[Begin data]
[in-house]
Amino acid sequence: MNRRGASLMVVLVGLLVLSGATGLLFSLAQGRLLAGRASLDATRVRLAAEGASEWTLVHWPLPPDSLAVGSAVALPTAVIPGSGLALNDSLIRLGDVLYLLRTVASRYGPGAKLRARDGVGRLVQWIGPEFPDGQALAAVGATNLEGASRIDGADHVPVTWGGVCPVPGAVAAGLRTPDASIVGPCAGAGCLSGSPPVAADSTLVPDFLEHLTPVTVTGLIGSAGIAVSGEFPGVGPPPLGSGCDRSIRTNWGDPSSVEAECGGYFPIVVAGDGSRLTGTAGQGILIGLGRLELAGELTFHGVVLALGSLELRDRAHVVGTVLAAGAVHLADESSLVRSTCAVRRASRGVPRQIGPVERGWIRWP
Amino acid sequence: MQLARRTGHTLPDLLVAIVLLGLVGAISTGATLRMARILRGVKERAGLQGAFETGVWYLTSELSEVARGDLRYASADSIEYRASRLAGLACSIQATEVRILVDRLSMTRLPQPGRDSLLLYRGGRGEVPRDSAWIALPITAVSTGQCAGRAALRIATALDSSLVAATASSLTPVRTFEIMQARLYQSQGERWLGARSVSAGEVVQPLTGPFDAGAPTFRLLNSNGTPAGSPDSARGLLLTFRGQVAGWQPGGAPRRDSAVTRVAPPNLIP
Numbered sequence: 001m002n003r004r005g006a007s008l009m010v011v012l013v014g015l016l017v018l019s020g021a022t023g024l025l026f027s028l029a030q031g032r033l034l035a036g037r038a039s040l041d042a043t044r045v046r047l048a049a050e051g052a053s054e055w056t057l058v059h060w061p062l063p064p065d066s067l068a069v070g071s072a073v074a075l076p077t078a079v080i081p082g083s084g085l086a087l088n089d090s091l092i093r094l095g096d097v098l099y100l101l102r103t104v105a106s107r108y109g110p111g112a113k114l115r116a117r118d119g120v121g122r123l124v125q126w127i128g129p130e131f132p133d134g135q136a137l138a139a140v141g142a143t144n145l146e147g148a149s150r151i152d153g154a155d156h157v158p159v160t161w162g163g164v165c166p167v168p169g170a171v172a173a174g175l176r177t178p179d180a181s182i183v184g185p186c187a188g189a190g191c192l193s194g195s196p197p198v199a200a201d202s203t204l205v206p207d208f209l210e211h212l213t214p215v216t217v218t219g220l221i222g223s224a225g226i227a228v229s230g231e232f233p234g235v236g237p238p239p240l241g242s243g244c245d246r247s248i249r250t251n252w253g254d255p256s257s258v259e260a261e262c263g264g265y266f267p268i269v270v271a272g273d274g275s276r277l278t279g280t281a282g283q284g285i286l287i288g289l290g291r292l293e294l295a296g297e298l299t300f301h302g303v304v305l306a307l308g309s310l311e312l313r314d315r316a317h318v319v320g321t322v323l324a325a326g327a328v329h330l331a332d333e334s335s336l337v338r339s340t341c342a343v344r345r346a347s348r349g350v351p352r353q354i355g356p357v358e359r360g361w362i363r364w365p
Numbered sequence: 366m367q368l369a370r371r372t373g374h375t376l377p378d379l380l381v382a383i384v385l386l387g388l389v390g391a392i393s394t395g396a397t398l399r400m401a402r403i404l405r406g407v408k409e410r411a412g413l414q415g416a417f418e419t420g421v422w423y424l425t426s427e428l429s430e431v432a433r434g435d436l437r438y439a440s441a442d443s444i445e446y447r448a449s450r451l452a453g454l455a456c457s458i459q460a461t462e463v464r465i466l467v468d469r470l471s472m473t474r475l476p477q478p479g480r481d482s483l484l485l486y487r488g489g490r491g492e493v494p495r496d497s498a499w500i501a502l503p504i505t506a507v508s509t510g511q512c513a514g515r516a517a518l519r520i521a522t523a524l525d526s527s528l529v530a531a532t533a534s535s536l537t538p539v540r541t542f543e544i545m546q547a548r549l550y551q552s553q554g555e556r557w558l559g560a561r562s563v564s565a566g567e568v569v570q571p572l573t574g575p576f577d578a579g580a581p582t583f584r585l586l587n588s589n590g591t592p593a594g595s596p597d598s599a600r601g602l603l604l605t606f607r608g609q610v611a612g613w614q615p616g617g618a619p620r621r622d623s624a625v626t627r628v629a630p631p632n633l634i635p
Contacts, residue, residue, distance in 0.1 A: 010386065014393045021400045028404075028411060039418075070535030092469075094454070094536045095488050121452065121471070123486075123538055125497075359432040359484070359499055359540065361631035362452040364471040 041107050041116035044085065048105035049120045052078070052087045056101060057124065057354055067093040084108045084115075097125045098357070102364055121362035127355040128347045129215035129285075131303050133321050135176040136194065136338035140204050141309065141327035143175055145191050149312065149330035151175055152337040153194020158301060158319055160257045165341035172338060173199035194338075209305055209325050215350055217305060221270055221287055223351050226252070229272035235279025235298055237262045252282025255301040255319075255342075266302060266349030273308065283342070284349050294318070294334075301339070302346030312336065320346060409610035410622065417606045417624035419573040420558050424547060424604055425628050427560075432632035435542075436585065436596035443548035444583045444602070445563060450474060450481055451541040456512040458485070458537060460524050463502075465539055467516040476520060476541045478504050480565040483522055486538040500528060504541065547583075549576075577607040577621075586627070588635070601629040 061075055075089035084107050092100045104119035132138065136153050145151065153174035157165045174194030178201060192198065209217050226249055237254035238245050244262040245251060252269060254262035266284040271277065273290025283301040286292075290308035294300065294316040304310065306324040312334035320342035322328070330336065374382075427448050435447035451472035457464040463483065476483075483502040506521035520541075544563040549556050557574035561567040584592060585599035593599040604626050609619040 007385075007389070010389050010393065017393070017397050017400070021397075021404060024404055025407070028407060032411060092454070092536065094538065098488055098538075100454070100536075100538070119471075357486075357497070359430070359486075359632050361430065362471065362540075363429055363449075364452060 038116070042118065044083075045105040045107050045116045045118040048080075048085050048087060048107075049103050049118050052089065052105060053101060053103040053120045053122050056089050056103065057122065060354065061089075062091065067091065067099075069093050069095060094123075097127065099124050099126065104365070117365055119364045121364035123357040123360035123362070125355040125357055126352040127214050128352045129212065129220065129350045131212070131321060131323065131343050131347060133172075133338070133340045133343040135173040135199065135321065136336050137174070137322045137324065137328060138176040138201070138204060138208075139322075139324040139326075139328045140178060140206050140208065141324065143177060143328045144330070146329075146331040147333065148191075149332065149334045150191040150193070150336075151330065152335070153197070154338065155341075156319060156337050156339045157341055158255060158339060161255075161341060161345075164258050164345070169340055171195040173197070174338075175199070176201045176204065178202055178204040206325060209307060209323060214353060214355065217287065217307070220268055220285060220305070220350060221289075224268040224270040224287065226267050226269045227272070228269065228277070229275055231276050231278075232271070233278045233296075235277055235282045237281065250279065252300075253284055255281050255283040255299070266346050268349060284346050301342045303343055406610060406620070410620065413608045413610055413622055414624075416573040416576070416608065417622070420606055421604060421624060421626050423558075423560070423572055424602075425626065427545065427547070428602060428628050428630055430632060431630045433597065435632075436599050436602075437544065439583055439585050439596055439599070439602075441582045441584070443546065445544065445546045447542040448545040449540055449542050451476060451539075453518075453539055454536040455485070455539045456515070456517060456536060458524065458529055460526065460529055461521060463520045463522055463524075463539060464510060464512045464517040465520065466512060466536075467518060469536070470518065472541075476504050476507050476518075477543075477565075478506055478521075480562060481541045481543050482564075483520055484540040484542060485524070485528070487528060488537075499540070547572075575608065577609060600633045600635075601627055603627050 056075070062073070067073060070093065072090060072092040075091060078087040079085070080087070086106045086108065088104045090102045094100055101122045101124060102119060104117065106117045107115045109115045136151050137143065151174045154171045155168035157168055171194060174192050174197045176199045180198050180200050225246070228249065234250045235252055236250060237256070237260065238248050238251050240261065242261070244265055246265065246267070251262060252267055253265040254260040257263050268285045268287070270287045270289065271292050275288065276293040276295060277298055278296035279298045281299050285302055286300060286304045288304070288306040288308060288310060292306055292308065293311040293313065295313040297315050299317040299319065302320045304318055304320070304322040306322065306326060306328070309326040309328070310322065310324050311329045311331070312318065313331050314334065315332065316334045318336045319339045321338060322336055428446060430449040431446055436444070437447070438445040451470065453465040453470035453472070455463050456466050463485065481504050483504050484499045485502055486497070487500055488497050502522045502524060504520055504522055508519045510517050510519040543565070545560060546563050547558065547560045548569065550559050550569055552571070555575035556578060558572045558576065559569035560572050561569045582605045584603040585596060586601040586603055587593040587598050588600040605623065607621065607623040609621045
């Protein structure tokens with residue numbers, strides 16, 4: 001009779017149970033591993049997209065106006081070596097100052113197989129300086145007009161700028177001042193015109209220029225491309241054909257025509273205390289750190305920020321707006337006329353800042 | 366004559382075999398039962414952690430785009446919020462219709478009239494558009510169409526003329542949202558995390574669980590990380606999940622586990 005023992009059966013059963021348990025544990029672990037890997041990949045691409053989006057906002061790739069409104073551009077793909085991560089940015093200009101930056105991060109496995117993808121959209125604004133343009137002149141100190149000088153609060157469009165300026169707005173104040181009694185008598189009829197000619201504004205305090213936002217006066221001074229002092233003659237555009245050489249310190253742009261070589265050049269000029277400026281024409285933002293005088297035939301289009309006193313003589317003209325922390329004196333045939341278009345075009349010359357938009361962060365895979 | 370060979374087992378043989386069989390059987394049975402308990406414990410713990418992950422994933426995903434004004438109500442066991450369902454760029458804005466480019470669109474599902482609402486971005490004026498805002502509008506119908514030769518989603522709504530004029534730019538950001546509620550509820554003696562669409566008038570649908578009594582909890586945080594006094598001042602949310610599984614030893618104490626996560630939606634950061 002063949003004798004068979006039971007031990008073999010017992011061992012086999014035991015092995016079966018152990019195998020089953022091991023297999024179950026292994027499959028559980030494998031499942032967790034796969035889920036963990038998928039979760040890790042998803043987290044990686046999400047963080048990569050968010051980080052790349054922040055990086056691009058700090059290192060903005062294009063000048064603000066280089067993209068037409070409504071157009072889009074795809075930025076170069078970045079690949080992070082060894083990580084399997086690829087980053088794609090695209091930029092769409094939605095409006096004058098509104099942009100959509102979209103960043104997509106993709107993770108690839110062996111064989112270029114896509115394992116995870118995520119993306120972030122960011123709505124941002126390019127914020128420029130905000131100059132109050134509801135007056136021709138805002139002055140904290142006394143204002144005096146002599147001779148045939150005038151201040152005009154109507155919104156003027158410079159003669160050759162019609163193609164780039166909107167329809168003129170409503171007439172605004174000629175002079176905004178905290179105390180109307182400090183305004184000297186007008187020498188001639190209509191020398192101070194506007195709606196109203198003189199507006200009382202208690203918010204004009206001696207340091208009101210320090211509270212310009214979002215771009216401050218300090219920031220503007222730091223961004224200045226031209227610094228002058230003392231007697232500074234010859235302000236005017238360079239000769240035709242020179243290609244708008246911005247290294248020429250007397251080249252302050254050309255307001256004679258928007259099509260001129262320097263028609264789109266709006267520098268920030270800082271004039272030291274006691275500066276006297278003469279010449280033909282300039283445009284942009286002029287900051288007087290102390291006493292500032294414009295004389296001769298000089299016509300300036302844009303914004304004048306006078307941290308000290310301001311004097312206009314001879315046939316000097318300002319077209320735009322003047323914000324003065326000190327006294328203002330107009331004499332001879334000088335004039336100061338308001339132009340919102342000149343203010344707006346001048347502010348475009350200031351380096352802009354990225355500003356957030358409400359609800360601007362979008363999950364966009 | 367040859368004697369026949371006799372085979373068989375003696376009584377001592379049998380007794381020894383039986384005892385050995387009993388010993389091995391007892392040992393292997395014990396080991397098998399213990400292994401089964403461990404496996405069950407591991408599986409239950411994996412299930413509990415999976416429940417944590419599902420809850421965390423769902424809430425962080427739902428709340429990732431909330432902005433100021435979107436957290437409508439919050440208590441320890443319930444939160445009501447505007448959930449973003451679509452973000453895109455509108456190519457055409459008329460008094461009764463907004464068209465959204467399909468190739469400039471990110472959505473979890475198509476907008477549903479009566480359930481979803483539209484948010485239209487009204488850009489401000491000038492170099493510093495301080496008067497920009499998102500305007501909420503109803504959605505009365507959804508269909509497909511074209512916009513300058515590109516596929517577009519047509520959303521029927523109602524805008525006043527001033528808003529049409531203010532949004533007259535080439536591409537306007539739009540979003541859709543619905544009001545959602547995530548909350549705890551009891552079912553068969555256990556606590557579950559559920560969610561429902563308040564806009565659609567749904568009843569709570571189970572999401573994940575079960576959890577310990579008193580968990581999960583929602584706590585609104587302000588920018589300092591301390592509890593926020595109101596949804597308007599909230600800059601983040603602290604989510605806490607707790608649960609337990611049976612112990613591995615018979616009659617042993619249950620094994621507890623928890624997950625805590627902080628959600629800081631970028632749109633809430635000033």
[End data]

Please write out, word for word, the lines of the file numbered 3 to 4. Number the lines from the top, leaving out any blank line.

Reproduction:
Amino acid sequence: MQLARRTGHTLPDLLVAIVLLGLVGAISTGATLRMARILRGVKERAGLQGAFETGVWYLTSELSEVARGDLRYASADSIEYRASRLAGLACSIQATEVRILVDRLSMTRLPQPGRDSLLLYRGGRGEVPRDSAWIALPITAVSTGQCAGRAALRIATALDSSLVAATASSLTPVRTFEIMQARLYQSQGERWLGARSVSAGEVVQPLTGPFDAGAPTFRLLNSNGTPAGSPDSARGLLLTFRGQVAGWQPGGAPRRDSAVTRVAPPNLIP
Numbered sequence: 001m002n003r004r005g006a007s008l009m010v011v012l013v014g015l016l017v018l019s020g021a022t023g024l025l026f027s028l029a030q031g032r033l034l035a036g037r038a039s040l041d042a043t044r045v046r047l048a049a050e051g052a053s054e055w056t057l058v059h060w061p062l063p064p065d066s067l068a069v070g071s072a073v074a075l076p077t078a079v080i081p082g083s084g085l086a087l088n089d090s091l092i093r094l095g096d097v098l099y100l101l102r103t104v105a106s107r108y109g110p111g112a113k114l115r116a117r118d119g120v121g122r123l124v125q126w127i128g129p130e131f132p133d134g135q136a137l138a139a140v141g142a143t144n145l146e147g148a149s150r151i152d153g154a155d156h157v158p159v160t161w162g163g164v165c166p167v168p169g170a171v172a173a174g175l176r177t178p179d180a181s182i183v184g185p186c187a188g189a190g191c192l193s194g195s196p197p198v199a200a201d202s203t204l205v206p207d208f209l210e211h212l213t214p215v216t217v218t219g220l221i222g223s224a225g226i227a228v229s230g231e232f233p234g235v236g237p238p239p240l241g242s243g244c245d246r247s248i249r250t251n252w253g254d255p256s257s258v259e260a261e262c263g264g265y266f267p268i269v270v271a272g273d274g275s276r277l278t279g280t281a282g283q284g285i286l287i288g289l290g291r292l293e294l295a296g297e298l299t300f301h302g303v304v305l306a307l308g309s310l311e312l313r314d315r316a317h318v319v320g321t322v323l324a325a326g327a328v329h330l331a332d333e334s335s336l337v338r339s340t341c342a343v344r345r346a347s348r349g350v351p352r353q354i355g356p357v358e359r360g361w362i363r364w365p